Downloadable content or DLCs are additional content for already released games. They come in different forms such as additional maps, costumes, characters, weapons, items, and even new game modes. Some DLCs, like the Burial at Sea DLC for BioShock Infinite, add new stories to further enhance the single-player experience. Though there are DLCs that can be downloaded for free, the majority of them come with price tags.
Season Passes, on the other hand, are basically pre-orders to DLCs. Similar to season tickets in the NBA, buying a Season Pass doesn’t come with a full guarantee that you will see a high-quality product. In one rare case, a publisher, whom we’ll simply refer to as “Totally Not Ubisoft” for privacy reasons, even failed to complete their end of the bargain.
Because of the nature of DLCs and Season Passes, many gamers have expressed disgust at them and have resigned to simply ignore them in hopes of getting the message across to publishers and developers. You can’t really blame them, especially with how things are getting out of hand these days (Day One DLCs, anyone?).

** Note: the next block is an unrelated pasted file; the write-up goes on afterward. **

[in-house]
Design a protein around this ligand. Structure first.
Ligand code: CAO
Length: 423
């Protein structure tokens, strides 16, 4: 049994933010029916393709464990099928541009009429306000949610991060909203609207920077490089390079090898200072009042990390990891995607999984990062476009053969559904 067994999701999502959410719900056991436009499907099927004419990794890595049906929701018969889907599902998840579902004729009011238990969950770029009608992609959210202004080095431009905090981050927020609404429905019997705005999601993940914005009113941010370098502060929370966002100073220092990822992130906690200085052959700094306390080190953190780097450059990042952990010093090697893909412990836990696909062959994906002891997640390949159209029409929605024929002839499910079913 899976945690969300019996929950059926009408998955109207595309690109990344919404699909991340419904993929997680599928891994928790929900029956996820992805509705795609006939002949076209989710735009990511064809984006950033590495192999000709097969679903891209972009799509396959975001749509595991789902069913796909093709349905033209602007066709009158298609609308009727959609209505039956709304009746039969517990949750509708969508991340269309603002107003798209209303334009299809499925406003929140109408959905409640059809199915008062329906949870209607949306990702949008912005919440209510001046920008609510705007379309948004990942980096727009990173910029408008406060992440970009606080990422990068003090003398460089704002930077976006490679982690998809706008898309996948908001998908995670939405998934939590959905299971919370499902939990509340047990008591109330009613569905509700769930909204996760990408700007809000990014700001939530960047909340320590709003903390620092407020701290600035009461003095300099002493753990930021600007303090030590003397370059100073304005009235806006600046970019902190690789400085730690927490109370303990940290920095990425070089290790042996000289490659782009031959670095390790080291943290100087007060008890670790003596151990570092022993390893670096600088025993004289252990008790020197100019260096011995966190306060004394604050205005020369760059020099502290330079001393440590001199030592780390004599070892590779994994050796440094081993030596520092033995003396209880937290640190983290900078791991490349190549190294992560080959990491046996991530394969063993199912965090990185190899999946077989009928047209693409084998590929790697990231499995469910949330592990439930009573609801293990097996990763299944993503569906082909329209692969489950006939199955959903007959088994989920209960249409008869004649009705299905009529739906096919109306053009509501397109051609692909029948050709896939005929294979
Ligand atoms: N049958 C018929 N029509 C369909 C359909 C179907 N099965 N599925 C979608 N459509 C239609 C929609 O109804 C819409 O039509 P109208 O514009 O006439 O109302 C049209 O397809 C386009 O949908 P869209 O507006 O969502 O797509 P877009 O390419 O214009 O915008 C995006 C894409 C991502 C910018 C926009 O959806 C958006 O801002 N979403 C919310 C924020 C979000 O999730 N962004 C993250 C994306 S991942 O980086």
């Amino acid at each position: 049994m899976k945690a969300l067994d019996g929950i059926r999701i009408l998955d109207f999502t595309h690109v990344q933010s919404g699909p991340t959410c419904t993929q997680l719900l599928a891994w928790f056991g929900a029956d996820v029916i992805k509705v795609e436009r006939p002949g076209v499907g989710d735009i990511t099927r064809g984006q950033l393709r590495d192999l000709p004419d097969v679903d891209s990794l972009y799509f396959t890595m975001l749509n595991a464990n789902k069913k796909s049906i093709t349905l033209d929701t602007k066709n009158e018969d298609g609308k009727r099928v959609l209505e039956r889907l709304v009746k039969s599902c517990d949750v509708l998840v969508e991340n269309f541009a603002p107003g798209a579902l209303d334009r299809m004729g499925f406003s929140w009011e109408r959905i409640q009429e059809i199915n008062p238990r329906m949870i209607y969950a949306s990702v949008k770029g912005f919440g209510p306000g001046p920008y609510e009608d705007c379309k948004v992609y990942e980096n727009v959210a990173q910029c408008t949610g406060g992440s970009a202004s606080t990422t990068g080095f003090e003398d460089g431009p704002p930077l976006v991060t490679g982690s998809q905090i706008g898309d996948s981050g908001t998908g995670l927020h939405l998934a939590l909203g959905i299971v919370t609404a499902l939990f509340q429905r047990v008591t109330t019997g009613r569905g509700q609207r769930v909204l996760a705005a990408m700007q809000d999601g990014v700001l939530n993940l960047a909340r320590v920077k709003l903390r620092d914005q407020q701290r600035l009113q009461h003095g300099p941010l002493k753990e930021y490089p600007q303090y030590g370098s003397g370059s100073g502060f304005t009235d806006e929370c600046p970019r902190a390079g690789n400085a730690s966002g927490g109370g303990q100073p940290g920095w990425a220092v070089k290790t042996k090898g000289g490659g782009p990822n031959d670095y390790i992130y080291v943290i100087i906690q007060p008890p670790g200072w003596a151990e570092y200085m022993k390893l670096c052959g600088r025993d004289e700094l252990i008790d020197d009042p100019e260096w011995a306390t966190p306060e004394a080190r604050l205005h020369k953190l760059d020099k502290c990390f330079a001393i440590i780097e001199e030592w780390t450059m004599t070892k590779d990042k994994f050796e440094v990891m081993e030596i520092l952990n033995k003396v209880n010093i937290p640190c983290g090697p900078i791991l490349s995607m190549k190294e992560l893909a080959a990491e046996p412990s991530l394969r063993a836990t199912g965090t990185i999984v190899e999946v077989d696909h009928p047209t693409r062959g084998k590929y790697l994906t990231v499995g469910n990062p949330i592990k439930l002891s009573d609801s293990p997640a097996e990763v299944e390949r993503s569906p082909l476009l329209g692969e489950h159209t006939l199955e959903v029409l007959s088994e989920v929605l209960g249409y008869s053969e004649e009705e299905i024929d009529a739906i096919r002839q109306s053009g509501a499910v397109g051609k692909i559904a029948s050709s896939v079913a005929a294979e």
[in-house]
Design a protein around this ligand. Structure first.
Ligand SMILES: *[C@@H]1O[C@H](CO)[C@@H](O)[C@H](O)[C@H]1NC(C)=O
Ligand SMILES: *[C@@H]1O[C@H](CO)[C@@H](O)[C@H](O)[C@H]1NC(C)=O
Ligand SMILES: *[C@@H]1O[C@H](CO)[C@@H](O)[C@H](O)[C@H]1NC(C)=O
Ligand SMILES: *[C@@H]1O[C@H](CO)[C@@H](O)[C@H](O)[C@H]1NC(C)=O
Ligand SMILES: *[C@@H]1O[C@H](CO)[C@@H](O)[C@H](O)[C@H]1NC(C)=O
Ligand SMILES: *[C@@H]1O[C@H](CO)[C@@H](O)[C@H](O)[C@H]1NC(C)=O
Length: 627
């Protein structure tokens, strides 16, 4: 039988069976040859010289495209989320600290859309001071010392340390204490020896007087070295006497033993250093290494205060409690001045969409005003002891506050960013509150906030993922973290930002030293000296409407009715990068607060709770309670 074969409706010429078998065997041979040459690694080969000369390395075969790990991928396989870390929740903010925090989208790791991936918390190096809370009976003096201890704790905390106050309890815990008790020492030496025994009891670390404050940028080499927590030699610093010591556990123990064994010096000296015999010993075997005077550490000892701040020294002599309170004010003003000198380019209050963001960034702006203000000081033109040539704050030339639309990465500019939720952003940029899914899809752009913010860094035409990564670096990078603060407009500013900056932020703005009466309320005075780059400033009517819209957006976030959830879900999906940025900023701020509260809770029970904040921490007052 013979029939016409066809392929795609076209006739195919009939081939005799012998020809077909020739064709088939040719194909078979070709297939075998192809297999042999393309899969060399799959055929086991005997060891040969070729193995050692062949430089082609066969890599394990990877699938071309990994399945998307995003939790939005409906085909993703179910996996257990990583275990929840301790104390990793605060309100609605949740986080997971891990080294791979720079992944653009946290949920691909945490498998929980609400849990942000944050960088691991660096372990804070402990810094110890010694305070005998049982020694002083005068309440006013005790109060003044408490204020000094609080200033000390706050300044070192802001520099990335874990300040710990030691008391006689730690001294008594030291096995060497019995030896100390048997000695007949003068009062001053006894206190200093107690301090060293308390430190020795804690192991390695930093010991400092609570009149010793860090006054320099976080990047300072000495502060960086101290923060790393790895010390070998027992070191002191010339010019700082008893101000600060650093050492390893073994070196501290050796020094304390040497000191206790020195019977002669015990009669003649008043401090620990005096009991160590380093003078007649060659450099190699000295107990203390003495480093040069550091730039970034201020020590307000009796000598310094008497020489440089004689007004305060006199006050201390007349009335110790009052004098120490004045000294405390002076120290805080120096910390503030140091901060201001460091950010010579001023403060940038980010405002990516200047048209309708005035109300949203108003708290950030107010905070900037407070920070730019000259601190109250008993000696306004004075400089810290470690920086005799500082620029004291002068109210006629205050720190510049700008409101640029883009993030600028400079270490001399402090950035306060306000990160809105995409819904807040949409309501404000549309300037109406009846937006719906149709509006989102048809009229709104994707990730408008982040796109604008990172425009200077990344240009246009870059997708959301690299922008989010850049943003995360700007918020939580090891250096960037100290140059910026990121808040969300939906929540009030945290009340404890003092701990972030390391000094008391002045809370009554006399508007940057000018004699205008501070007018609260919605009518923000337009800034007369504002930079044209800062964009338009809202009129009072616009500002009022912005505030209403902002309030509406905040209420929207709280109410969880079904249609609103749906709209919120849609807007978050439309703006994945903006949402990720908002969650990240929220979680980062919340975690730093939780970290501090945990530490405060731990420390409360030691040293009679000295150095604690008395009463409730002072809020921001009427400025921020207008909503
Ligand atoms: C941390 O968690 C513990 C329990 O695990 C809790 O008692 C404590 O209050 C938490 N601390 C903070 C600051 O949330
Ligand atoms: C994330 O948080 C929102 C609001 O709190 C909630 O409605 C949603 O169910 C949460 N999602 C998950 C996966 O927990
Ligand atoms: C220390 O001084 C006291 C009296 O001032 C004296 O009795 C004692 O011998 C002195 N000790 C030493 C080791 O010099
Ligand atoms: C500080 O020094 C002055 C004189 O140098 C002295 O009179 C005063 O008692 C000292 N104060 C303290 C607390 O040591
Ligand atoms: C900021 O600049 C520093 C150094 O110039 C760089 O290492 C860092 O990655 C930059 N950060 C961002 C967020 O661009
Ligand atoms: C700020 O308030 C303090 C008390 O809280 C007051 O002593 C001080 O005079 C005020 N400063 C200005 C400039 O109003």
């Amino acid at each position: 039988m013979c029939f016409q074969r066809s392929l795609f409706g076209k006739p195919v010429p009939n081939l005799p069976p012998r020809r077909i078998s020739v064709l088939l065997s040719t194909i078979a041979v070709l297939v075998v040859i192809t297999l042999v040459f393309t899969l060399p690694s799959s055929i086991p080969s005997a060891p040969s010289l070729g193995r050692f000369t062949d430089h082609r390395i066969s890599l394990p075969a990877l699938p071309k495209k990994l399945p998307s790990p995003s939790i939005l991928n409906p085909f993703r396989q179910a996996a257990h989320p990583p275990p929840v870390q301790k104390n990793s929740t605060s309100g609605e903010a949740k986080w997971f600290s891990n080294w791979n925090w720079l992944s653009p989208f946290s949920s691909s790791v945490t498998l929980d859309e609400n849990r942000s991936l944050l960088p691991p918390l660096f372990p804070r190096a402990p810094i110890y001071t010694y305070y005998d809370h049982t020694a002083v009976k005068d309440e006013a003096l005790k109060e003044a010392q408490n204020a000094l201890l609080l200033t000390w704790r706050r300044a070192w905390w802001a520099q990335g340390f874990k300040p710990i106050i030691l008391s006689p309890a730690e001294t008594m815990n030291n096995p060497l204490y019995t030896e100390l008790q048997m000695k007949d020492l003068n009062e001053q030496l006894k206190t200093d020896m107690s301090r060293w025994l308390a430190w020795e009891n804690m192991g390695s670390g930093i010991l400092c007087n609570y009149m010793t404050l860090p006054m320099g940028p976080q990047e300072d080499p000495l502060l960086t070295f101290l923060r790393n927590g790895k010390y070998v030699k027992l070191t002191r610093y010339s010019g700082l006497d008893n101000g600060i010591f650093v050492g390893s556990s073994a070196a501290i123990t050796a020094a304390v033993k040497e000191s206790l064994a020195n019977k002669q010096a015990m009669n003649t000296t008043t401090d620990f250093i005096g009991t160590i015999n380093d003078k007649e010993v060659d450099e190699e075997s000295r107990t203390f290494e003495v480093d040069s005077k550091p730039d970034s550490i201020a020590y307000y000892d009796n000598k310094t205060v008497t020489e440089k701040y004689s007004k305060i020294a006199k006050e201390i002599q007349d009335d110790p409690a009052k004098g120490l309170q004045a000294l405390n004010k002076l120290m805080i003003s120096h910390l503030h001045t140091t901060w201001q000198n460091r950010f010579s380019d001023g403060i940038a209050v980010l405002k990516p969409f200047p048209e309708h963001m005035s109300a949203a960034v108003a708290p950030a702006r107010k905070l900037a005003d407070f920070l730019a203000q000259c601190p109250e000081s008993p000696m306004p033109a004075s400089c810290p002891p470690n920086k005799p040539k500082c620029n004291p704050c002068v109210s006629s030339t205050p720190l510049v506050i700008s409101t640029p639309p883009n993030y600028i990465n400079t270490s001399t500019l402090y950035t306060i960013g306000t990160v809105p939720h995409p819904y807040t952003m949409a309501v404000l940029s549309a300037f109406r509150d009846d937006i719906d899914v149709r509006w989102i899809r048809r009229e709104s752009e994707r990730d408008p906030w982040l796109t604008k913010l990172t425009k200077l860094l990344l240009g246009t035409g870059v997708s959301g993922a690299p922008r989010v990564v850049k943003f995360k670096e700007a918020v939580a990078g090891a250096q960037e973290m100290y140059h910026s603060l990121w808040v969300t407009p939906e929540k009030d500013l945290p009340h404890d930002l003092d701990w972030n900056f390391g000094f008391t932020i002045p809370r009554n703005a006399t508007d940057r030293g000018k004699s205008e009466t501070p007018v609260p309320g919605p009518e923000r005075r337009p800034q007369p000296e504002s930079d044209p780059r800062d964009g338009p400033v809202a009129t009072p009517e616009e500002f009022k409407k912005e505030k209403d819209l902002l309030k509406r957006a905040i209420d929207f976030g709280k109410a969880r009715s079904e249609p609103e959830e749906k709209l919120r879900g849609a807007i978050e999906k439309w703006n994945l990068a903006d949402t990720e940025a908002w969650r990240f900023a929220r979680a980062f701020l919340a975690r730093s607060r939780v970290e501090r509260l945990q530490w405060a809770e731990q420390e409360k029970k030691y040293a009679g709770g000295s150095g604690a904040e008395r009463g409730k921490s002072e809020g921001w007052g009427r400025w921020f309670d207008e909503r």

One of these days, you’ll probably wake up to a gaming industry where DLCs and Season Passes are beyond incredulous and stupid. Want to open that door in front of you? Buy the DLC first. Want to open the game menu? Sorry, DLC only. Want to touch that plant that has absolutely no bearing on anything in the game? DLC exclusive only. Hey, you never know what kinds of things Electronic Arts and Ubi…err, Totally Not Ubisoft will come up with in the next few years.
However, despite the common sentiment that DLCs and Season Passes (along with micro-transactions) don’t belong in the gaming industry, some gamers are still willing to buy and support them. Yes, there are gamers like that. If nobody ever buys DLCs and Season Passes, publishers would have already kicked them out the door because of lack of profit, right? But why, exactly, do some gamers still support these two controversial features? Well, here are 7 reasons.